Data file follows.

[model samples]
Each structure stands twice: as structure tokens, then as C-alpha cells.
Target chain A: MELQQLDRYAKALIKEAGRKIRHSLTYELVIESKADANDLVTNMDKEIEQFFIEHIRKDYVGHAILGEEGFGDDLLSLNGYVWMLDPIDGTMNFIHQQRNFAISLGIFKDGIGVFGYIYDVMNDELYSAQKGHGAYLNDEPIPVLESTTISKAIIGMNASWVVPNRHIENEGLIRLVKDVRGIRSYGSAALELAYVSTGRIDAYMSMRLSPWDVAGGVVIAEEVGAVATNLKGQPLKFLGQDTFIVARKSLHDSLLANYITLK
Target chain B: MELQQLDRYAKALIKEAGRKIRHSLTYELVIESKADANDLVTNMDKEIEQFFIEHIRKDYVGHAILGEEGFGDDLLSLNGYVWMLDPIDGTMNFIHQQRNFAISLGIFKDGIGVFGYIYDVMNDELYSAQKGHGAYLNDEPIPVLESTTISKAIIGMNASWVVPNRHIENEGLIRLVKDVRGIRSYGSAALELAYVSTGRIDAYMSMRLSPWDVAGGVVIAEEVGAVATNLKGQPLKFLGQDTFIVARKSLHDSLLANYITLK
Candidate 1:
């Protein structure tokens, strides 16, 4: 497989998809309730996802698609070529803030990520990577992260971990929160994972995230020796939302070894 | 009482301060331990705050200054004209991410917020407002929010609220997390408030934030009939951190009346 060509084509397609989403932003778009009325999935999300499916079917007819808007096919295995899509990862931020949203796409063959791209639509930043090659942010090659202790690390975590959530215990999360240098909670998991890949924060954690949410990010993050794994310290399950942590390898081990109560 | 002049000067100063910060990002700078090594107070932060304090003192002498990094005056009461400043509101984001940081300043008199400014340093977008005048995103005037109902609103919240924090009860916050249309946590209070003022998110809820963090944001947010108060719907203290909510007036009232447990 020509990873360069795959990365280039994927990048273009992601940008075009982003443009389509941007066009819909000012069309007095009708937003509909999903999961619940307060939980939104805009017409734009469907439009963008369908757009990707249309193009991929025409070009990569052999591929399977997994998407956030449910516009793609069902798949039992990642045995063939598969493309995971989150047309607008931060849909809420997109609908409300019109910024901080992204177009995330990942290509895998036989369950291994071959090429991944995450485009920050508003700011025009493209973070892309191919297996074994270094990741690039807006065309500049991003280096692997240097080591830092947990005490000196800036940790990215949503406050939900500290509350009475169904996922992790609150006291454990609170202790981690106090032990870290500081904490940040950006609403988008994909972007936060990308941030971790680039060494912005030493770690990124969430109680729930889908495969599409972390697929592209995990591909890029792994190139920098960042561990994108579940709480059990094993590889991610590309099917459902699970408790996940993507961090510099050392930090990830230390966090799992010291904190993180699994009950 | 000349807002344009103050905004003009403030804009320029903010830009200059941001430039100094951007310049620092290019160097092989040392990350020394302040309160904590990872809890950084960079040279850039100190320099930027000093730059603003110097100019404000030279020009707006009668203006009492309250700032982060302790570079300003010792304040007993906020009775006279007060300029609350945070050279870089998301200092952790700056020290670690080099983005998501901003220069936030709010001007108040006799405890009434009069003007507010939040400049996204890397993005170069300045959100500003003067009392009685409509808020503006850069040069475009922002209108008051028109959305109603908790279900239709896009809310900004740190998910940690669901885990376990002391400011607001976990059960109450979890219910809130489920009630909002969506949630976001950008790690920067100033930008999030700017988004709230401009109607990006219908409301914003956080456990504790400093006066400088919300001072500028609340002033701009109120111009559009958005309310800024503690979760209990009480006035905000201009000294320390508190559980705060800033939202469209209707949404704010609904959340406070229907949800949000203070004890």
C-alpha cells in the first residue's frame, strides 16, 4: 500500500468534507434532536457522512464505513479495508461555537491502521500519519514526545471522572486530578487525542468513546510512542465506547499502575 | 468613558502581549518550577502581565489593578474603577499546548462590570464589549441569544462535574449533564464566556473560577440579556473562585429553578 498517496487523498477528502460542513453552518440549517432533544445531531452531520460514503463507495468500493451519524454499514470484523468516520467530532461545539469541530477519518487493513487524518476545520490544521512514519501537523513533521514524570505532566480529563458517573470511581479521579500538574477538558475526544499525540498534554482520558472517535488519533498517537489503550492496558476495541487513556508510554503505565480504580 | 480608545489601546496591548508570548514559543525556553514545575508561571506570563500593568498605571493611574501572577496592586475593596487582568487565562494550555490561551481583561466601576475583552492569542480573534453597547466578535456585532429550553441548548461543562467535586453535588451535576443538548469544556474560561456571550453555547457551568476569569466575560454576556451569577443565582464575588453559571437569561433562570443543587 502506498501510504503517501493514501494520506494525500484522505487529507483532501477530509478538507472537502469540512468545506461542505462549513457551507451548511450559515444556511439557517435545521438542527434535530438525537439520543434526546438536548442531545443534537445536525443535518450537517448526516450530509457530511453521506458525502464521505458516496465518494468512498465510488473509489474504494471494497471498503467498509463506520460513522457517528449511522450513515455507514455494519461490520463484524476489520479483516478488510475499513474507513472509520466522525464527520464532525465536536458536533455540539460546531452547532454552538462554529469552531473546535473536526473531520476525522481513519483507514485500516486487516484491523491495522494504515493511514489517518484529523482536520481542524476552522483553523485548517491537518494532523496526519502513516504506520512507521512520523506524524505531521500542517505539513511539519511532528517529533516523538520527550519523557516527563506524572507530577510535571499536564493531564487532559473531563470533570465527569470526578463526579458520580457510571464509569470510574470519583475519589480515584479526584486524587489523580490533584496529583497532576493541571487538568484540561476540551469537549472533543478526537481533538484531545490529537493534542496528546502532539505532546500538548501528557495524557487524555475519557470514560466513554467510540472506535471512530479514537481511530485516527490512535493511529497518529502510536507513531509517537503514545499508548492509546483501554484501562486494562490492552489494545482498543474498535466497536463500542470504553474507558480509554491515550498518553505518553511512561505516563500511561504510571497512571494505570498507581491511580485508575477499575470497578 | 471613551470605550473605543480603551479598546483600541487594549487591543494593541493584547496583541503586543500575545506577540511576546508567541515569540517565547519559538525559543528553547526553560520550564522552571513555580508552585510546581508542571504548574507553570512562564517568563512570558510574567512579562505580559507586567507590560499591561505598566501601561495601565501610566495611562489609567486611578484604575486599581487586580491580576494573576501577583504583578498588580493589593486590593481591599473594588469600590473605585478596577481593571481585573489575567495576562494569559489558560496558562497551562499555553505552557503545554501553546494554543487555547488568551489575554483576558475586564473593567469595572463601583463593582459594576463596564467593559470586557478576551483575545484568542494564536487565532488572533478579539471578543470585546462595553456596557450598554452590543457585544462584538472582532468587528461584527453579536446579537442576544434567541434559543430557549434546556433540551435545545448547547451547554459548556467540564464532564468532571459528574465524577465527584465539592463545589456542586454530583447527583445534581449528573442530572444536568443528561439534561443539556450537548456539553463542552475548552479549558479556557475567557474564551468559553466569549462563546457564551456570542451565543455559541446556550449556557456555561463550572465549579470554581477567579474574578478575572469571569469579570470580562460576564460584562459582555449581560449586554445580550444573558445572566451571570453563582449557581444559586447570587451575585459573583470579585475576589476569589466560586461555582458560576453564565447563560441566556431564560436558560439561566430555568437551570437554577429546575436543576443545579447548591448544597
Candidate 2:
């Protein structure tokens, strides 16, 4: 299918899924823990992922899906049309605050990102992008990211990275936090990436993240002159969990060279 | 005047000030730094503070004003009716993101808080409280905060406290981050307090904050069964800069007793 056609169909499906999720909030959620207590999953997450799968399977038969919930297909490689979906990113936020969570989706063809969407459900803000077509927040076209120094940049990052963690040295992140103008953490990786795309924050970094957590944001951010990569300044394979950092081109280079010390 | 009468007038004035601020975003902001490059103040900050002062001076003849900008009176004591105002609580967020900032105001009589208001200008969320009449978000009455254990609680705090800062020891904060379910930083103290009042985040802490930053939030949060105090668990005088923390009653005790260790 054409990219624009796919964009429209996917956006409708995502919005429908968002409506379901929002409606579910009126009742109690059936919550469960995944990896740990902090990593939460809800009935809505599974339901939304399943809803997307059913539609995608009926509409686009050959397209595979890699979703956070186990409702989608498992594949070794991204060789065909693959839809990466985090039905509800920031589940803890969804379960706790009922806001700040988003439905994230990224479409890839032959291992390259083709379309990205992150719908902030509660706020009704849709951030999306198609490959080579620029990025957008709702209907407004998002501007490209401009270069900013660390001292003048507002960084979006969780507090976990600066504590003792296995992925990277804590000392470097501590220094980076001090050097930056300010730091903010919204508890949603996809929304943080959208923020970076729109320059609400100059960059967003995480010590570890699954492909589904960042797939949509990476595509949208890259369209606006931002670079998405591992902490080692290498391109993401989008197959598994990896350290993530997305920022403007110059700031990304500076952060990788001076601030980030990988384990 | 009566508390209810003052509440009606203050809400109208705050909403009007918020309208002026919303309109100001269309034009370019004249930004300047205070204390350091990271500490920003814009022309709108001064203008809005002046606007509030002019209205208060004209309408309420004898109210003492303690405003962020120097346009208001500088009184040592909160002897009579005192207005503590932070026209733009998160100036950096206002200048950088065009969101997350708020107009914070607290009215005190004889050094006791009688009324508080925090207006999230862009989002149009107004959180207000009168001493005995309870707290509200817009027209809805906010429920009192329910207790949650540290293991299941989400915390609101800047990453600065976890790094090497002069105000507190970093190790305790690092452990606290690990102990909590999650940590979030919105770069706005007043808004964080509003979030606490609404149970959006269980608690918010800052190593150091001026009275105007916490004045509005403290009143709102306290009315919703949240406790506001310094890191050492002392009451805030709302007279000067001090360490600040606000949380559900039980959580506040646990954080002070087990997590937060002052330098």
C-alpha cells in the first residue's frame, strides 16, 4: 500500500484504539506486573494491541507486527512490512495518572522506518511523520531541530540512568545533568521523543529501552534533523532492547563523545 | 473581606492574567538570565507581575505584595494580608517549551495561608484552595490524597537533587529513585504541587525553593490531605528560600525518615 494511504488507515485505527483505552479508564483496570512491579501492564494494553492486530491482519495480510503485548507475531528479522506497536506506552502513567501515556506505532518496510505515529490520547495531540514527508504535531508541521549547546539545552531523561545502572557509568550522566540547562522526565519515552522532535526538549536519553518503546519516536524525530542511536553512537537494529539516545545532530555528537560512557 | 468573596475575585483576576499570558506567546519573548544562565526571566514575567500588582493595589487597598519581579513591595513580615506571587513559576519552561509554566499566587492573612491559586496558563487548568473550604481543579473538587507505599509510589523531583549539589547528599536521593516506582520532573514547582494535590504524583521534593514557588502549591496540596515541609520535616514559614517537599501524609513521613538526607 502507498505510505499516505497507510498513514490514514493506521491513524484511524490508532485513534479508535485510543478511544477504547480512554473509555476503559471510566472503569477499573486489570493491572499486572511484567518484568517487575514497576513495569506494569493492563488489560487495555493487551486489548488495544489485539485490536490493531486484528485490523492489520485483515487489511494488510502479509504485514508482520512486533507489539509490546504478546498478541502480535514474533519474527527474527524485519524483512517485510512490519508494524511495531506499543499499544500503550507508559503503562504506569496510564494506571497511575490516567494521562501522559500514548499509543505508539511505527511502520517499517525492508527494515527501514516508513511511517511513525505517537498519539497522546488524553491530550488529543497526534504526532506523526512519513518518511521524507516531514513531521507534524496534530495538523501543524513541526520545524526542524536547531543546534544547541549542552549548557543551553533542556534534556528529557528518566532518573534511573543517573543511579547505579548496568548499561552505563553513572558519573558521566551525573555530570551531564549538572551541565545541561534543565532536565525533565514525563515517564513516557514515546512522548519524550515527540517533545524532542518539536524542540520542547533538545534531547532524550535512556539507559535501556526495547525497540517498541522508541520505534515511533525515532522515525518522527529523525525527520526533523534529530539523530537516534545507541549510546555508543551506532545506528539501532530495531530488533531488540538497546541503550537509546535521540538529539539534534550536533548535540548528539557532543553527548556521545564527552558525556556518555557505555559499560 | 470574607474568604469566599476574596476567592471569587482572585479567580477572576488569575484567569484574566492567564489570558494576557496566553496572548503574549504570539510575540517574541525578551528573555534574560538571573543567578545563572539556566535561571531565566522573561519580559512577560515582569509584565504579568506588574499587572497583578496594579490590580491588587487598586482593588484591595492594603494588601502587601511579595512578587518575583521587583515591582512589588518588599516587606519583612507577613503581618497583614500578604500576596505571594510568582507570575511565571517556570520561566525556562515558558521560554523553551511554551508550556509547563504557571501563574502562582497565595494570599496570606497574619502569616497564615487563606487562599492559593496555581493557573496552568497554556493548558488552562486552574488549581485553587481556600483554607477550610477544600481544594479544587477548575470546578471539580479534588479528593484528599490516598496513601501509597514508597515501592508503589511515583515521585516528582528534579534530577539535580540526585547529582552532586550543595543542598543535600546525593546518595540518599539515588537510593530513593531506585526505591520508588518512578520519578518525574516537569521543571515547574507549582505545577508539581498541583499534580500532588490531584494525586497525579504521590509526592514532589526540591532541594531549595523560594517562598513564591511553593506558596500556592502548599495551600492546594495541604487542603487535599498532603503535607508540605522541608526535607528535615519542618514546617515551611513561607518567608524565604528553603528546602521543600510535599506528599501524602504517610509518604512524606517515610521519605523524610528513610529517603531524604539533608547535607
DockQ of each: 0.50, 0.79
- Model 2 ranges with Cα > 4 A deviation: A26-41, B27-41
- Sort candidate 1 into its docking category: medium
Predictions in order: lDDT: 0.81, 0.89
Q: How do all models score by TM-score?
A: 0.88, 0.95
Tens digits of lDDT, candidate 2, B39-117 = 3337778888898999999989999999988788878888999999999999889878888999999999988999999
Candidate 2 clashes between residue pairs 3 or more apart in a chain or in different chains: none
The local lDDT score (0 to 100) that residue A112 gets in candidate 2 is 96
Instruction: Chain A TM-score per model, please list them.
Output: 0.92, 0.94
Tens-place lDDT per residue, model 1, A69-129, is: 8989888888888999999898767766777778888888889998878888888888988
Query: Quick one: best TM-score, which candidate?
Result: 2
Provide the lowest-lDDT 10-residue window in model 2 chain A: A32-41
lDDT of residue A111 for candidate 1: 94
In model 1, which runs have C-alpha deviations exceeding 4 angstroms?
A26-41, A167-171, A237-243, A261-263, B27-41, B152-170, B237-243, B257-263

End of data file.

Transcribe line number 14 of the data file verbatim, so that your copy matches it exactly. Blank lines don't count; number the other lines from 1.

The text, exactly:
Predictions in order: lDDT: 0.81, 0.89